Supplements and Featured Publications
ASCO 2023 Meeting Reporter: Updates in GU Cancers
Volume 1
Issue 1

Enfortumab Vedotin Plus Pembrolizumab Produces Durable Responses, Safety in Metastatic Urothelial Carcinoma

The combination of enfortumab vedotin-ejfv and pembrolizumab generated rapid and durable responses and demonstrated a manageable safety profile in patients with locally advanced or metastatic urothelial carcinoma who were ineligible for cisplatin.

Shilpa Gupta, MD

Shilpa Gupta, MD

The combination of enfortumab vedotin-ejfv (Padcev; EV) and pembrolizumab (Keytruda) generated responses and demonstrated a manageable safety profile in patients with locally advanced or metastatic urothelial carcinoma who were ineligible for cisplatin, according to long-term data from cohort A of the phase 1/2 EV-103 trial (NCT03288545) presented at the 2023 ASCO Annual Meeting.

“As a background, despite [gemcitabine/carboplatin] as the frontline treatment for cisplatin-ineligible patients with locally advanced and metastatic urothelial cancer, there is a significant need to further improve outcomes. Avelumab [Bavencio] maintenance is only indicated in patients who do not progress after gem/carbo, and PD-1 or PD-L1 monotherapy is only indicated in a very select group of patients,” explained first author Shilpa Gupta, MD, director of Genitourinary Medical Oncology at Taussig Cancer Institute and co-leader of the Genitourinary Oncology Program at Cleveland Clinic, Cleveland, Ohio.

The FDA approved the combination of EV and pembrolizumab in the treatment of cisplatin-ineligible locally advanced or metastatic urothelial carcinoma based on findings from EV-103 dose-escalation cohort, cohort A, and cohort K, which showed that the combination has rapid and durable responses as well as a manageable safety profile in patients with previously untreated urothelial cancer. For the present study, Gupta presented an update on the results of dose escalation/cohort A after a median follow-up of 47 months.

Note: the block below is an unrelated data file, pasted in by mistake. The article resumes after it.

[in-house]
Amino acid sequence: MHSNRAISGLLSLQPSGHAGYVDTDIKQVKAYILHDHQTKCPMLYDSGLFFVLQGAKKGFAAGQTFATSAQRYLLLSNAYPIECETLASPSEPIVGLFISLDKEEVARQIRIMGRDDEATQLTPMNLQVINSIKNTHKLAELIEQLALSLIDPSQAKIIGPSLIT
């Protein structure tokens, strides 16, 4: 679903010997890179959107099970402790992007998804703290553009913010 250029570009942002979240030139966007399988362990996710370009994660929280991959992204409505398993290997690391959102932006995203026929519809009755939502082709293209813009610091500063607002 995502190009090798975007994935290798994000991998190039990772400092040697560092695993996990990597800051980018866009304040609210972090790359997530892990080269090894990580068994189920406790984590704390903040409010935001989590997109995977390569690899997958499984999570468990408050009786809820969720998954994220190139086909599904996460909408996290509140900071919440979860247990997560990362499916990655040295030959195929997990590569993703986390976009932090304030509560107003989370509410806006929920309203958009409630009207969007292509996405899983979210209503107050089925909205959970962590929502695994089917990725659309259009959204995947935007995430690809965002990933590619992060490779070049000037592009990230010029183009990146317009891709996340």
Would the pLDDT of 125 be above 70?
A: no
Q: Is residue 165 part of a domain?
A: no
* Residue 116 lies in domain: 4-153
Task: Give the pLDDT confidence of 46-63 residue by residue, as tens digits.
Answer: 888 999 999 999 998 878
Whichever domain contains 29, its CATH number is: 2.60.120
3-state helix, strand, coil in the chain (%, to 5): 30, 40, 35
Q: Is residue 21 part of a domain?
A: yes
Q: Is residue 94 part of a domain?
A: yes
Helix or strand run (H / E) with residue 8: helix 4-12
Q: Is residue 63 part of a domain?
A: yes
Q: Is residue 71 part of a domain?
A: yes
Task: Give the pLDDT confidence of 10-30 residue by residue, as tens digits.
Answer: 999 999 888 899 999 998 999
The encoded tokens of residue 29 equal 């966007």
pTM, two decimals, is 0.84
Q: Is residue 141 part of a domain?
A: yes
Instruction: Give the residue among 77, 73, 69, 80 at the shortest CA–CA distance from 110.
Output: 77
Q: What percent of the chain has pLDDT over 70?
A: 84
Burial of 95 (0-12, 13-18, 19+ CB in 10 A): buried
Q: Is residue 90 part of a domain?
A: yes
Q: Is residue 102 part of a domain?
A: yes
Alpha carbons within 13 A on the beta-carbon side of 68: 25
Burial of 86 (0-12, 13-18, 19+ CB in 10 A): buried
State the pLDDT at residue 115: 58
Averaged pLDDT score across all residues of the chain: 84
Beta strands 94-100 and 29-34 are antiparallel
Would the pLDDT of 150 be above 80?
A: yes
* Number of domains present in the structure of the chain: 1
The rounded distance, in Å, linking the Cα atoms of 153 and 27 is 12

“Enfortumab vedotin has a multifaceted mechanism of action due to the intracellular release of MMAE, which leads to direct cytotoxicity of the nectin-4-containing cancer cells, as well as induces the hallmark of immunogenic cell death…When combined with a checkpoint inhibitor there’s believed to be a complementary activity for further immune engagement and hence pembrolizumab is a rational partner for this combination,” Gupta said.

The analysis included a total of 45 patients, who received EV, 1.25 mg/kg intravenously (IV) on days 1 and 8, and pembrolizumab, 200 mg IV on day 1 of every 3-week cycle. Primary end points included adverse events (AEs) and lab abnormalities, and key secondary end points included confirmed objective response rate (ORR), duration of response (DOR), profession-free survival, and overall survival (OS).

Most of the patients were male (36, 80.0%), and median age was 69.0 years. Nearly all the patients were Caucasian (42, 93.3%), with ECOG performance status of 0, 1, or 2 in 15 (33.3%), 22 (48.9%), and 8 (17.8%) patients, respectively. Fourteen patients (31.1%) had liver metastases, and 38 patients (84.4%) had visceral disease.